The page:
We know there’s no such thing as a free lunch, and that if it sounds too good to be true, it probably is. Simply put, trust must be earned and you are only trust worthy if you are accountable. that is where the LEED certification comes in.
LEED stands for Leadership in Energy and Environmental Design. Among business professionals, LEED certification is becoming the new standard by which grade A commercial developments are judged. Building a LEED-certified building demonstrates a commitment to good environmental practices. It holds businesses accountable for what they say is true.
Nestoil Tower in Victoria Island, Lagos has attained the LEED standard Certification (Silver) and it is the first mixed use development in West Africa to achieve this.
Buildings that LEED’s strict guidelines have been shown to have numerous benefits to employees, public image and a company’s bottom line.
LEED-certified buildings have large windows, open spaces, and are generally built with employee or occupant comfort in mind as much as energy savings. Besides offering increased sunlight, LEED buildings also have significantly higher air quality and more comfortable work space for employees. By making work a place where employees feel comfortable and happy, productivity will also increase.
Having a green building that is recognized by LEED certification is a dramatic and public way of demonstrating a strong commitment to green practices and improving the environment. LEED-certified construction projects also stimulate the local economy, since one of LEED’s best practices is utilizing local materials and labor wherever possible.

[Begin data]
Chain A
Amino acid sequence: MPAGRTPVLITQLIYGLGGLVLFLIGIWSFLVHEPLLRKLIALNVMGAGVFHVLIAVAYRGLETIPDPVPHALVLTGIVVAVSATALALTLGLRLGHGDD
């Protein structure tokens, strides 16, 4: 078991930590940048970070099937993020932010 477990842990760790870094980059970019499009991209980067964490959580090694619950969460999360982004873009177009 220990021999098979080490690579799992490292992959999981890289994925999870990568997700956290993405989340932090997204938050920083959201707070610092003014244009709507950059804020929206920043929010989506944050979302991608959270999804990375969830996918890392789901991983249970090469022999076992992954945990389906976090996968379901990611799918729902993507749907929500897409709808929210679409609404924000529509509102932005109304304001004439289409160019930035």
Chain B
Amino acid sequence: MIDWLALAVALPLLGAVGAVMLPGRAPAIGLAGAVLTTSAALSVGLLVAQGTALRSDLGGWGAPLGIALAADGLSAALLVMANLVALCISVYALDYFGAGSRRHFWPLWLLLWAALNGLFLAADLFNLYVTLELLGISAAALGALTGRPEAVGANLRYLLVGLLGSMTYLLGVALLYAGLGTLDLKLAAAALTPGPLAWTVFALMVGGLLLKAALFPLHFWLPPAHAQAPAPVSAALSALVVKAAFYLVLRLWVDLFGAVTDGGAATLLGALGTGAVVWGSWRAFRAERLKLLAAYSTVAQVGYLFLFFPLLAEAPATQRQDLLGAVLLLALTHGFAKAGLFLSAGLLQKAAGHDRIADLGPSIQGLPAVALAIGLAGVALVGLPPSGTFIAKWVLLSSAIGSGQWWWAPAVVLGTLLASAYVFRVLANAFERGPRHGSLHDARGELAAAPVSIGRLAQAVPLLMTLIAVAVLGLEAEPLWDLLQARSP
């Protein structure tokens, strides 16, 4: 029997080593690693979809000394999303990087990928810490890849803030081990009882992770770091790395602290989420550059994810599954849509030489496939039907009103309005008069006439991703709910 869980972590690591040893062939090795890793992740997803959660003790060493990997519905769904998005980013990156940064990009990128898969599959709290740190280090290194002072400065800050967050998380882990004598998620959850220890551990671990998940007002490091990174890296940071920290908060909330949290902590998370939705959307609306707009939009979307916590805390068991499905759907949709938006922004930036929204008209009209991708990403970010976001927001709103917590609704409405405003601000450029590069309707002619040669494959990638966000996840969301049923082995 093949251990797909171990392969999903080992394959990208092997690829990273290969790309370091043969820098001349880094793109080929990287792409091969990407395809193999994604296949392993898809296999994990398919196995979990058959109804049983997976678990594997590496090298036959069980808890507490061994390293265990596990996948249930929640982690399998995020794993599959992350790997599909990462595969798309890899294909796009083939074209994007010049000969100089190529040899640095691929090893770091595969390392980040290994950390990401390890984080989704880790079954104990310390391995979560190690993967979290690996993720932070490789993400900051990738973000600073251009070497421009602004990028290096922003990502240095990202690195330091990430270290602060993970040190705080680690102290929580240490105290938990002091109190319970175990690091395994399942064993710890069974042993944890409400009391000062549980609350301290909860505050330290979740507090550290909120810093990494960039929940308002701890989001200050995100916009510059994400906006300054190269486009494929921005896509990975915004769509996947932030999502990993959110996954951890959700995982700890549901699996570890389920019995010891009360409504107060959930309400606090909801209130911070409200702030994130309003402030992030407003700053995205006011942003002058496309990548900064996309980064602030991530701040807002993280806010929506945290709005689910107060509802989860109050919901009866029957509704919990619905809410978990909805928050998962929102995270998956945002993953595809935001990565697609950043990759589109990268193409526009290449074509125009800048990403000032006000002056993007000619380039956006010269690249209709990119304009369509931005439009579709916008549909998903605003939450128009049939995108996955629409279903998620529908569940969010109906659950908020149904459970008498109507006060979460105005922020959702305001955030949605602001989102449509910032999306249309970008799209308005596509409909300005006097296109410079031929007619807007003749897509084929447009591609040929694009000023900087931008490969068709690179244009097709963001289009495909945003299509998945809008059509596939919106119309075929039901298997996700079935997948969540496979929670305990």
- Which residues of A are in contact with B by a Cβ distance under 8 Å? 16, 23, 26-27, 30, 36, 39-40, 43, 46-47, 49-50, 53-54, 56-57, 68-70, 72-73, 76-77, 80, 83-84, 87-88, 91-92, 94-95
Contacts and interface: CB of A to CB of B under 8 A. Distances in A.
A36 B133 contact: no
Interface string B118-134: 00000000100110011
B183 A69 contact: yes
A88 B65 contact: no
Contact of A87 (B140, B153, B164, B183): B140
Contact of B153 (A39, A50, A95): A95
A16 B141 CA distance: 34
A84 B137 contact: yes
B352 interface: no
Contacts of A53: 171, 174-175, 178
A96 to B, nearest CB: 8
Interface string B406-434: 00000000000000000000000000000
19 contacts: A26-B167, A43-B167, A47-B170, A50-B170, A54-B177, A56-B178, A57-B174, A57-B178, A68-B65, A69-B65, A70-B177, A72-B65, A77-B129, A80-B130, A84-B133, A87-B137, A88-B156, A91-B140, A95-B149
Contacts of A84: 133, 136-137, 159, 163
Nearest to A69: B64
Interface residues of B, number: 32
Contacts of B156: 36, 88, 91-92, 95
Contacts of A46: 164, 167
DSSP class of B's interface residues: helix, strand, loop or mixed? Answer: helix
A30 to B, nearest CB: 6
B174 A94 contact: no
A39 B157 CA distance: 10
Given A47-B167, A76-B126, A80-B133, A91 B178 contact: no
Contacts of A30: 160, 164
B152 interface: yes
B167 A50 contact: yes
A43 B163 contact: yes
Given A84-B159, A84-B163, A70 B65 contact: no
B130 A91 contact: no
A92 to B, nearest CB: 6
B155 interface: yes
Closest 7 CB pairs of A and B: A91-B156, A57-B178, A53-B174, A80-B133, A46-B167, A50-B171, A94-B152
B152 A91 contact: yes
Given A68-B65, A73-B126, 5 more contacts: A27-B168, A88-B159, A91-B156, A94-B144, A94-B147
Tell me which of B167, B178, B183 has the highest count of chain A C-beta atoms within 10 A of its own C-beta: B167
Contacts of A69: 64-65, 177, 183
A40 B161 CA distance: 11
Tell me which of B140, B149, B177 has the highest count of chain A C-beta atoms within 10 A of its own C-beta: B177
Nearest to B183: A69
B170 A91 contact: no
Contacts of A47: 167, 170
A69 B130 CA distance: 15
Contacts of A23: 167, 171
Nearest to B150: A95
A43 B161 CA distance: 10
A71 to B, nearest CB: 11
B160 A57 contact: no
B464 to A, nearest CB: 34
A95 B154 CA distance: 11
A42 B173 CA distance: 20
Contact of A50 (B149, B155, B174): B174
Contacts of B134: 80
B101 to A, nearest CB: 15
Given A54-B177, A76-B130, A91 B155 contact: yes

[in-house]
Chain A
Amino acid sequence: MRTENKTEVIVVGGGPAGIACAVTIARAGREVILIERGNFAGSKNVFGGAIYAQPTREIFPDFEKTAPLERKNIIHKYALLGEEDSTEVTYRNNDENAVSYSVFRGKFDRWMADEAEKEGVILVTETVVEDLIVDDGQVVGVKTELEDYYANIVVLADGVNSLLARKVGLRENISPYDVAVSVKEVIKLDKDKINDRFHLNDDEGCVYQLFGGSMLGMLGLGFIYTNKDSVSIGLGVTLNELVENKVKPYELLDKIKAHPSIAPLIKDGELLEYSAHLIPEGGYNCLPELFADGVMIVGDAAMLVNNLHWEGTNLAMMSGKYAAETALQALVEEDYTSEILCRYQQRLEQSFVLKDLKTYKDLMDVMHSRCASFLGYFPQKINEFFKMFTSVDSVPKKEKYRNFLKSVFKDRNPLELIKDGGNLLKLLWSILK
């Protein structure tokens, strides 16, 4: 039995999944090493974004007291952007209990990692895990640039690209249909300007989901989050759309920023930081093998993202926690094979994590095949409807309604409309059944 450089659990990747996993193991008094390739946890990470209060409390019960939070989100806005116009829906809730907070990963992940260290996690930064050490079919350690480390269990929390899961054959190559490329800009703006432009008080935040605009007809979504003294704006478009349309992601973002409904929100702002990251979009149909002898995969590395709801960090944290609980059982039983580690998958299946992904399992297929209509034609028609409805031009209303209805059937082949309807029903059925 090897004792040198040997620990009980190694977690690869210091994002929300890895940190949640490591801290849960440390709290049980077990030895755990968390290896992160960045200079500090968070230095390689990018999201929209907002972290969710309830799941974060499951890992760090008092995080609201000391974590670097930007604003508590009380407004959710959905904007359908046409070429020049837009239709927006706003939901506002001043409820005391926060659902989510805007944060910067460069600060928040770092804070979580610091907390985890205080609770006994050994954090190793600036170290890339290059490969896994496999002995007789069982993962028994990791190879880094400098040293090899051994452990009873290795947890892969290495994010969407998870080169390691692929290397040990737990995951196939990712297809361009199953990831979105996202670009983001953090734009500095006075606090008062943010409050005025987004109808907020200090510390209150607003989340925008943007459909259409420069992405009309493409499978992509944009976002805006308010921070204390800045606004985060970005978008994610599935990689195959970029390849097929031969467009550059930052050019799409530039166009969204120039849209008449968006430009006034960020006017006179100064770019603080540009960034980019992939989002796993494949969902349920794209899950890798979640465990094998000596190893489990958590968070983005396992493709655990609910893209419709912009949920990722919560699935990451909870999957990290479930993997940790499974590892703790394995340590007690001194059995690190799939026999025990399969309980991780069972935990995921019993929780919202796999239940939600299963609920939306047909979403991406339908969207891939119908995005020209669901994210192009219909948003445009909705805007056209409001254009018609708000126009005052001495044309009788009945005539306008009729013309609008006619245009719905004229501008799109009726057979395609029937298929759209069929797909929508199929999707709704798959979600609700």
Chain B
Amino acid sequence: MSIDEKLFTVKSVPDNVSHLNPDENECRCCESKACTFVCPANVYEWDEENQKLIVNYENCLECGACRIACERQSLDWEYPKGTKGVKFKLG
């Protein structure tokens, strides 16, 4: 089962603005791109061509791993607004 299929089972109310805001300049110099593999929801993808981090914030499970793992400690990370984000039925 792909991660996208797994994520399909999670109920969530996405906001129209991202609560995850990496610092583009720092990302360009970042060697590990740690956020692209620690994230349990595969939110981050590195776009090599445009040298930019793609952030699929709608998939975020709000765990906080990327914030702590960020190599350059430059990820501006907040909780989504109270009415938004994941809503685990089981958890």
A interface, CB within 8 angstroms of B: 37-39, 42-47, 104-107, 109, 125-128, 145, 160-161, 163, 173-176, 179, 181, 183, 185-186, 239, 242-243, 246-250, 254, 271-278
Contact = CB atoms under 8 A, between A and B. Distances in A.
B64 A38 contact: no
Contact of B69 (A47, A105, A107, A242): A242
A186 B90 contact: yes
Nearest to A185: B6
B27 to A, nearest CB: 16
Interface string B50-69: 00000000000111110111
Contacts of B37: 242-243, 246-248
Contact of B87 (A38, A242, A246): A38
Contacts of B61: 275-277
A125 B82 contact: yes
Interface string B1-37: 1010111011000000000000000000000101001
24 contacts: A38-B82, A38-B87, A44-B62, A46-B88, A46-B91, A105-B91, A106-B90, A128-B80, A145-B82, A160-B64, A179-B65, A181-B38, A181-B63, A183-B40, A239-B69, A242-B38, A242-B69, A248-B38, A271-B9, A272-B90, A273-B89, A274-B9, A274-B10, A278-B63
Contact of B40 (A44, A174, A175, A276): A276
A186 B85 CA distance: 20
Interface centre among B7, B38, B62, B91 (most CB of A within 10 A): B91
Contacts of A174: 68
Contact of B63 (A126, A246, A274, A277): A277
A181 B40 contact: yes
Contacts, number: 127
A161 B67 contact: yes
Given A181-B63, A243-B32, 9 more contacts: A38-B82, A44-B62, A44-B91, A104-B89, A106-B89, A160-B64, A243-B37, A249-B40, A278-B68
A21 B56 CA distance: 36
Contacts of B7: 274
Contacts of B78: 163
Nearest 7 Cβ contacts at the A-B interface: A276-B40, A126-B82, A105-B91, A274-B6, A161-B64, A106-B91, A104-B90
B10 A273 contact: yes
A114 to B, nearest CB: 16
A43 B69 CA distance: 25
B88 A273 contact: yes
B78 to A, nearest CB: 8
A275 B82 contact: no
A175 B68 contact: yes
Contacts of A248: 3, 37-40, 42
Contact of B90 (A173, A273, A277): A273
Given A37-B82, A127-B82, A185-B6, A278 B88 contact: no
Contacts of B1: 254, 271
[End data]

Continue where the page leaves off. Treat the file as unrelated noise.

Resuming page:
Lower Operating Costs
This is perhaps the most obvious benefit of LEED-certification, and it ranks high on the list of any corporation considering new construction. LEED-certified projects do typically have a higher initial investment because of the need for stricter standards for construction, materials and labor, but this initial investment can be recovered in short order. Various studies have been done to measure increased efficiency among LEED buildings, but the largest of these studies was conducted by the New Building Institute in 2008 and found an average decrease in energy consumption of approximately 24 percent. This sort of savings can easily translate into millions of dollars per year.
Green technology is a popular way of improving public image, and for good reason: people want to know that local businesses are committed to good environmental practices, and nothing demonstrates this commitment like LEED certification. Although many companies consider LEED certification purely for the environmental benefits, the improved publicity and public image are another reason to consider LEED-certified construction.